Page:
Saturday, September 30, 2017

Marvin X on The Politics of Sports


Although Dr. Harry Edwards supposedly pioneered the sociology of sports, Dr. Nathan Hare wrote his PhD at the University of Chicago on Sports, and he was a professional boxer himself. But Dr. Hare was so radical he was kicked out of a Negro college, Howard University, where he lectured on sociology and taught Black Power radical Stokely Carmichael, aka Kwame Toure'; he was partly ousted from Howard for bringing Muhammad Ali to campus after he had refused to fight in Vietnam, after all, Ali said, "The Vietcong never called me a Nigger!" Later, Dr. Nathan Hare, after Howard also found his boxing career unacceptable for one of their academics, landed at San Francisco State College/now University to become the first chair of Black and Ethnic Studies at a major American university, igniting the longest student strike in American academic history.

Today as we replay the political history of athletes such as Muhammad Ali, Tommy Smith and John Carlos, reincarnated in the persona of Colin and now a host of other brothers who have suddenly awakened to the reality of life in racist, white supremacist America, despite their status as muli-million dollar running dogs for professional athletics, we are not shocked at the response of white America, led by the president who has further inflamed the torch of racism by calling the mostly Black athletes sons of bitches. Oh, shit, that white nationalist motherfucker Trump truly crossed the line of propriety by playing the dozens. Now you know Homey don't play dat, not with sacred holy Mother (Of God).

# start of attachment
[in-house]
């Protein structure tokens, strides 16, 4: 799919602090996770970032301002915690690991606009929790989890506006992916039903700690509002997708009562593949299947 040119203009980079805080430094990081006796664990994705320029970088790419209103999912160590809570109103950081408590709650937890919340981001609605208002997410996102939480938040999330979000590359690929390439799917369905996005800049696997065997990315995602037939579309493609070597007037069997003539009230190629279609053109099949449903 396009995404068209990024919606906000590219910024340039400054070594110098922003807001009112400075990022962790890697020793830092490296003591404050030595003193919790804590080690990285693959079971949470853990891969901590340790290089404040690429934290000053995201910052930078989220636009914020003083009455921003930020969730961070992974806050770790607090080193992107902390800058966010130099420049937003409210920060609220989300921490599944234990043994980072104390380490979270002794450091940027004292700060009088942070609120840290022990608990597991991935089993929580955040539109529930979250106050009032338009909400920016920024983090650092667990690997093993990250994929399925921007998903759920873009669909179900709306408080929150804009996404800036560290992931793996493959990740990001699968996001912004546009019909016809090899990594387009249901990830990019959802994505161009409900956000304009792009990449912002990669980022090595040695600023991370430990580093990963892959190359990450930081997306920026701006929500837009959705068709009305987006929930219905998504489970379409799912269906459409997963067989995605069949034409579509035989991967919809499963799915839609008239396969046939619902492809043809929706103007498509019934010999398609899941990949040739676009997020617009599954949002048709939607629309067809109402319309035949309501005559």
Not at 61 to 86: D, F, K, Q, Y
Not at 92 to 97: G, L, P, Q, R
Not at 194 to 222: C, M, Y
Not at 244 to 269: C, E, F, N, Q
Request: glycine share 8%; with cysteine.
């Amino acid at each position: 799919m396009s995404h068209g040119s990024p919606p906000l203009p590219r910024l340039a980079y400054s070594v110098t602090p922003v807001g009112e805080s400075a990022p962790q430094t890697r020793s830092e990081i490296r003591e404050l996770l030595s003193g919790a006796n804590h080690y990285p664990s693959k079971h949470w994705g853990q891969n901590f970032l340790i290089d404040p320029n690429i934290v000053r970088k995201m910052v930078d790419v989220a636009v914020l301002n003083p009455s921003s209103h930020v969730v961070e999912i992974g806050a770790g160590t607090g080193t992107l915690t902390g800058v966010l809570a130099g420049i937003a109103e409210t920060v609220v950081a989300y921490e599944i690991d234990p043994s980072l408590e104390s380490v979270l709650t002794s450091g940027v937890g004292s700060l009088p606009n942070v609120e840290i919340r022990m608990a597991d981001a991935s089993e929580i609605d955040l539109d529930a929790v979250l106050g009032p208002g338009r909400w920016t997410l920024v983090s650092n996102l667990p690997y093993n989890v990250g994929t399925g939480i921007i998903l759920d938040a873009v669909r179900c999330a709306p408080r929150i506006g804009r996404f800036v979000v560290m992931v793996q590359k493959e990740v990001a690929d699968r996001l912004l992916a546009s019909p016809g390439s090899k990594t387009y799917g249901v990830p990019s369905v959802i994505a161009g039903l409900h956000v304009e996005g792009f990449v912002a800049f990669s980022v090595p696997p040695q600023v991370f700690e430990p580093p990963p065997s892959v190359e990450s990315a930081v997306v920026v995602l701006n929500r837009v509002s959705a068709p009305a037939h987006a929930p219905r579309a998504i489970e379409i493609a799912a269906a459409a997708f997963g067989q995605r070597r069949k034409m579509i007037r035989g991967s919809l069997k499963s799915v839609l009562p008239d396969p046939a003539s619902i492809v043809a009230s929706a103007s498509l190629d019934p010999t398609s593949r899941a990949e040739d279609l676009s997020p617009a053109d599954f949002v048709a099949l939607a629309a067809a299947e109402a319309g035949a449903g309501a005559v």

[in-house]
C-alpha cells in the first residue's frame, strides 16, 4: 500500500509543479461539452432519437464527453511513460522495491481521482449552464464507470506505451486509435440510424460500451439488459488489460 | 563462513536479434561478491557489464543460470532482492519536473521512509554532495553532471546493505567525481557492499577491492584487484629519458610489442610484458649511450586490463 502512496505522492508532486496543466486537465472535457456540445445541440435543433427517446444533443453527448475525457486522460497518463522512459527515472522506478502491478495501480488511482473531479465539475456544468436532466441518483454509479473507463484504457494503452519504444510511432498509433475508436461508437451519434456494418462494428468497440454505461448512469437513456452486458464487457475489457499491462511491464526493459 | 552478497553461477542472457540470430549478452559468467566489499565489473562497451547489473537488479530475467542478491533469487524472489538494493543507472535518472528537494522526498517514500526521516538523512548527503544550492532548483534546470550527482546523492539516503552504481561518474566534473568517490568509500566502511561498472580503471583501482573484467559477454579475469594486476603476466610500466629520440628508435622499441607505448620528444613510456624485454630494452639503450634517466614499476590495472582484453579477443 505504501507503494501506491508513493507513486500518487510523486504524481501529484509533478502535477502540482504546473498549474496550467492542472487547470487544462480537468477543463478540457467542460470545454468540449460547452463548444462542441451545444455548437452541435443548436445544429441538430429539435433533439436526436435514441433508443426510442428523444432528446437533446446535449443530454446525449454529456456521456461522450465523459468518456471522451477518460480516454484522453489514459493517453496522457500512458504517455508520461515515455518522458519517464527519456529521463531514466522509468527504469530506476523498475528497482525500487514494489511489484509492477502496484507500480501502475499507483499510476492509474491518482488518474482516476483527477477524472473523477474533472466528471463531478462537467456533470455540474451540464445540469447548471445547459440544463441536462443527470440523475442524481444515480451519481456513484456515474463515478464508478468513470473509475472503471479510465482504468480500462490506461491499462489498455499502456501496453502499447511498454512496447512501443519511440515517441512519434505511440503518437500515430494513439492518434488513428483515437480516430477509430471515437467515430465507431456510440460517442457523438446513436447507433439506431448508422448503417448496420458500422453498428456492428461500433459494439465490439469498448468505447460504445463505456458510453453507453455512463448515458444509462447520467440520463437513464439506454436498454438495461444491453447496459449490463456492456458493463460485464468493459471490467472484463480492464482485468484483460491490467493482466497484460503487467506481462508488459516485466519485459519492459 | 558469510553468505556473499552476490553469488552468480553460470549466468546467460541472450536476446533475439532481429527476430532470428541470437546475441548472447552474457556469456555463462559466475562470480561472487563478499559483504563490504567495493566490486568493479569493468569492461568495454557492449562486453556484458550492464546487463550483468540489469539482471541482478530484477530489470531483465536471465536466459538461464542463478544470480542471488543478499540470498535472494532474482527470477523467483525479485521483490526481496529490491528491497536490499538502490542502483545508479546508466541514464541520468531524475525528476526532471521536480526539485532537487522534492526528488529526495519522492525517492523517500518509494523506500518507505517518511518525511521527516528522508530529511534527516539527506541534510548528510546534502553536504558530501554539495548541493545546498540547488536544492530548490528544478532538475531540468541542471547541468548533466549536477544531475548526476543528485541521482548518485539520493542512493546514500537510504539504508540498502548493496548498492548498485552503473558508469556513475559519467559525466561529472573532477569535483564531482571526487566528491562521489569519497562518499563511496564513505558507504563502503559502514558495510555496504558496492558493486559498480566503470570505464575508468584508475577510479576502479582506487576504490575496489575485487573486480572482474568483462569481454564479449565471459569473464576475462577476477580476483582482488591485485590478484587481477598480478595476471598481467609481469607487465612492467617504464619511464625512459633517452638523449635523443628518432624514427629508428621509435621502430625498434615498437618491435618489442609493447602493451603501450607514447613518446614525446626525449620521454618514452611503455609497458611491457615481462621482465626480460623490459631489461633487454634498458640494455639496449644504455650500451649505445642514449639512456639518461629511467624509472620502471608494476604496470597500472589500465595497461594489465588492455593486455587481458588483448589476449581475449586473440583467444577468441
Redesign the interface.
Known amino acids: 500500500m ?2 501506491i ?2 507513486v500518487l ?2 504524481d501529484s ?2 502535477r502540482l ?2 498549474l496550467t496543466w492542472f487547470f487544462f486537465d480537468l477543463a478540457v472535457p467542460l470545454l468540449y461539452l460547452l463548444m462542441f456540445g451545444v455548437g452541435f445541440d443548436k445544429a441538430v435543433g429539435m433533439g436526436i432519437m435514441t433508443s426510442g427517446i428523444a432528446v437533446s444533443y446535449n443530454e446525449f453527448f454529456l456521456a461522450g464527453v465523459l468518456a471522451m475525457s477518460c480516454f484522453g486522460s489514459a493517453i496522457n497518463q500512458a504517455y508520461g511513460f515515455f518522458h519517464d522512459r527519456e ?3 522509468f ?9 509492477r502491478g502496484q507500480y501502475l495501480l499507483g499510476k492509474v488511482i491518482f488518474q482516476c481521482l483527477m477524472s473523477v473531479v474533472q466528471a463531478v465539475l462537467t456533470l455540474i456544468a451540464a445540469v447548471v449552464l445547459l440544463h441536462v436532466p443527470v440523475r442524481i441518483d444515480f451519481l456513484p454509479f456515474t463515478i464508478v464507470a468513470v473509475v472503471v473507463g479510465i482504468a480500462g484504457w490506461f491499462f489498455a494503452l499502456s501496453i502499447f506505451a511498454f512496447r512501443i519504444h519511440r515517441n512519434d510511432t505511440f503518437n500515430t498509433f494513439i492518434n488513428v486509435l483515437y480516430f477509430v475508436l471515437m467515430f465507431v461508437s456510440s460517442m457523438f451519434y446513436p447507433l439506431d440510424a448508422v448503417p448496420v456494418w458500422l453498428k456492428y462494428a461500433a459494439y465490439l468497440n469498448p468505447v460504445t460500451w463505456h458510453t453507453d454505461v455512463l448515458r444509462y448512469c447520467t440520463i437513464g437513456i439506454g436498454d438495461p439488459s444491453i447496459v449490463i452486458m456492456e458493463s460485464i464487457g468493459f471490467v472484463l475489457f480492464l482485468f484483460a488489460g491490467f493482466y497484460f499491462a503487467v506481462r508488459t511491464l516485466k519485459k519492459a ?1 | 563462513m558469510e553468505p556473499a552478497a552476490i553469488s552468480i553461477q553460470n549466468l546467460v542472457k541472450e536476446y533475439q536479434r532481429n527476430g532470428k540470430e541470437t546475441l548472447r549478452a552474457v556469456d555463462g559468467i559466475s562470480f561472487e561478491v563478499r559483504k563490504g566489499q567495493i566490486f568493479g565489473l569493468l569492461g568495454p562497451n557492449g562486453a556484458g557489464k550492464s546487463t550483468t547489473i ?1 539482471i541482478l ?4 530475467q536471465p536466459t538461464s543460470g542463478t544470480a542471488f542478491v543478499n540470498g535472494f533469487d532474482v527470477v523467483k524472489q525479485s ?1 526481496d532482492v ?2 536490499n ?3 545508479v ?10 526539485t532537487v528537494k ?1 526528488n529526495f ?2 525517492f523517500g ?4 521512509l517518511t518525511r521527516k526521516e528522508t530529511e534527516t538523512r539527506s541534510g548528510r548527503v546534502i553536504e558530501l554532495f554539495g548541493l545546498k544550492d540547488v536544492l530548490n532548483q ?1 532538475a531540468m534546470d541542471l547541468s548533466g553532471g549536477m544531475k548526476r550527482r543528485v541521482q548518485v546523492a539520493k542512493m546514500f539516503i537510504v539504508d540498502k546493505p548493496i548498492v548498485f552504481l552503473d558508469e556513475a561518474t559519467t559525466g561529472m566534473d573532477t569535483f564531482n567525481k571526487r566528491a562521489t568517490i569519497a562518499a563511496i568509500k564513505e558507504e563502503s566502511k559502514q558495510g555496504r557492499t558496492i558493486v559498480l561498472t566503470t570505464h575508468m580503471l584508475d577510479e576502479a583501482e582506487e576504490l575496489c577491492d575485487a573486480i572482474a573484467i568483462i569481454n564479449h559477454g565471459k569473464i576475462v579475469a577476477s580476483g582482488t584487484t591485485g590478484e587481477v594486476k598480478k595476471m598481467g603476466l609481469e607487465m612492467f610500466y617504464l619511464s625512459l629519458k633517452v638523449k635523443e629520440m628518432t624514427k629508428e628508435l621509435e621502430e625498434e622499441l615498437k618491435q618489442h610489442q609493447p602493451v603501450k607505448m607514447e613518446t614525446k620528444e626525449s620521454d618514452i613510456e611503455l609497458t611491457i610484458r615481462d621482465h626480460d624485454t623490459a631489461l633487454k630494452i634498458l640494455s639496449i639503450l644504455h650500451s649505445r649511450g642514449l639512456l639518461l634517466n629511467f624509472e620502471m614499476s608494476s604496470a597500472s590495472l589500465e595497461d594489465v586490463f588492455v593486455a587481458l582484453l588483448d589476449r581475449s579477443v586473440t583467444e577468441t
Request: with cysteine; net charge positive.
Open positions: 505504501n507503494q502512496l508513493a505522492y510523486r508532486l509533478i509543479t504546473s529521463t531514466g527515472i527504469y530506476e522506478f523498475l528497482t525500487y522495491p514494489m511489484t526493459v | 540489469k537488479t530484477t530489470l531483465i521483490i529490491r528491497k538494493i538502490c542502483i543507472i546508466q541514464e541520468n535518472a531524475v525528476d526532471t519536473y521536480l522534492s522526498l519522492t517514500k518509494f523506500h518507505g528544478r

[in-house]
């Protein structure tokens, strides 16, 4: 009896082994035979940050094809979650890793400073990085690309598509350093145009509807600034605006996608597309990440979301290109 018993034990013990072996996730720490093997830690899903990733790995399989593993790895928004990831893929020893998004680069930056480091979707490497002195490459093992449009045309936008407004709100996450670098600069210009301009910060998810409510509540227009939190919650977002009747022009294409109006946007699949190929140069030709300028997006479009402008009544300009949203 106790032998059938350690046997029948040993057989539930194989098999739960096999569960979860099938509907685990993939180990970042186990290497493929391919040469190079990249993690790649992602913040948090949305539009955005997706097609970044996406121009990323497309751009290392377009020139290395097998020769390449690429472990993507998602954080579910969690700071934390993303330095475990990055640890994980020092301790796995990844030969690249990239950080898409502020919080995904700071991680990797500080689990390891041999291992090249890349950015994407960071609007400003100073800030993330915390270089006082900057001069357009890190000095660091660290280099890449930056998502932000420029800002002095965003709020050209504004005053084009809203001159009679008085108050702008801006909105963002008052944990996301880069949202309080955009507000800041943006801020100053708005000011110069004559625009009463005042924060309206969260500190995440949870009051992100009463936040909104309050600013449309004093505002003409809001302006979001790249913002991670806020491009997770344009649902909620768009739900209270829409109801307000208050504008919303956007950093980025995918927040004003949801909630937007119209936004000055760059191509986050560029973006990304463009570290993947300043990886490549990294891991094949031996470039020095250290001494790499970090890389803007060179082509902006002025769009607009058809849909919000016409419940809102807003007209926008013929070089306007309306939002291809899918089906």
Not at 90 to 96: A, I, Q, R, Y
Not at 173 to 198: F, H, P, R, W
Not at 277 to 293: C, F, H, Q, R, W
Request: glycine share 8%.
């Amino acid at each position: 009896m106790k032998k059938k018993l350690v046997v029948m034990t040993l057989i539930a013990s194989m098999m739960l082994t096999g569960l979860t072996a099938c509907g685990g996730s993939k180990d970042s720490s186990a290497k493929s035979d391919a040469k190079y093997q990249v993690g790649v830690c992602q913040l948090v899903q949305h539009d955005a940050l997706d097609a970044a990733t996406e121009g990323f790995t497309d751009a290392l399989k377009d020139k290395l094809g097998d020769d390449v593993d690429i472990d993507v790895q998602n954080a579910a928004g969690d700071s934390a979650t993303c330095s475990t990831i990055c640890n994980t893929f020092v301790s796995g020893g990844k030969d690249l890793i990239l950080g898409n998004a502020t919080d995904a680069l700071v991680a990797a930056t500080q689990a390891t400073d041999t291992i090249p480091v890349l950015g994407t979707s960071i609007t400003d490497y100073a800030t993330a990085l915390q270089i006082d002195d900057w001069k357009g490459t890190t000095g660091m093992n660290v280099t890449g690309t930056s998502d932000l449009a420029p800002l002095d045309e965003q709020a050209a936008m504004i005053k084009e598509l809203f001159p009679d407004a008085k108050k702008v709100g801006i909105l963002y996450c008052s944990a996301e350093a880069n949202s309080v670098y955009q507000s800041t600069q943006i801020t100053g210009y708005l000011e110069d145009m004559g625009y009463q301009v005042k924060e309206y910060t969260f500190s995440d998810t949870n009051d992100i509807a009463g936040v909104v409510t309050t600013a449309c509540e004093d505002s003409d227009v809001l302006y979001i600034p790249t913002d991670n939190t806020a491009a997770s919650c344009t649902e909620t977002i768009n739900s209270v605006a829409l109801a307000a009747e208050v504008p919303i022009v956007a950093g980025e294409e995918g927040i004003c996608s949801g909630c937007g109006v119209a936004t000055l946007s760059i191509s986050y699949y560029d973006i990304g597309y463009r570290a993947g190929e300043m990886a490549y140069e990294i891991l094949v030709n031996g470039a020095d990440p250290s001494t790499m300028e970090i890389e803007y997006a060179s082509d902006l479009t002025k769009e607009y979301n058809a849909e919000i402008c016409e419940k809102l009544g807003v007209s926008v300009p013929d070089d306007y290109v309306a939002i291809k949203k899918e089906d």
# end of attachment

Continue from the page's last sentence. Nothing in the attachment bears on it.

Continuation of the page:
For sure, the politics of American sports has reached a level never seen before, even when Muhammad Ali refused to serve as a running dog for American imperialism or when John and Tommy gave the Black Power salute to protest American racism at the Olympics in Mexico City.

It is indeed wonderful to see the Black athletes unite with the suffering masses of North American Africans. These brothers (and surely their are sister athletes as well) have put their careers on the line for social justice, in the identical manner of Ali, Tommy and John. We salute them and welcome them home.
--Marvin X

Friday, September 29, 2017

Live from Planet Woke by Kwan Booth

Live from Planet Woke
On a morning that was remarkable in no other way, the famous sports star stared into the bathroom mirror, at his own face, and the huge problem hovering above it.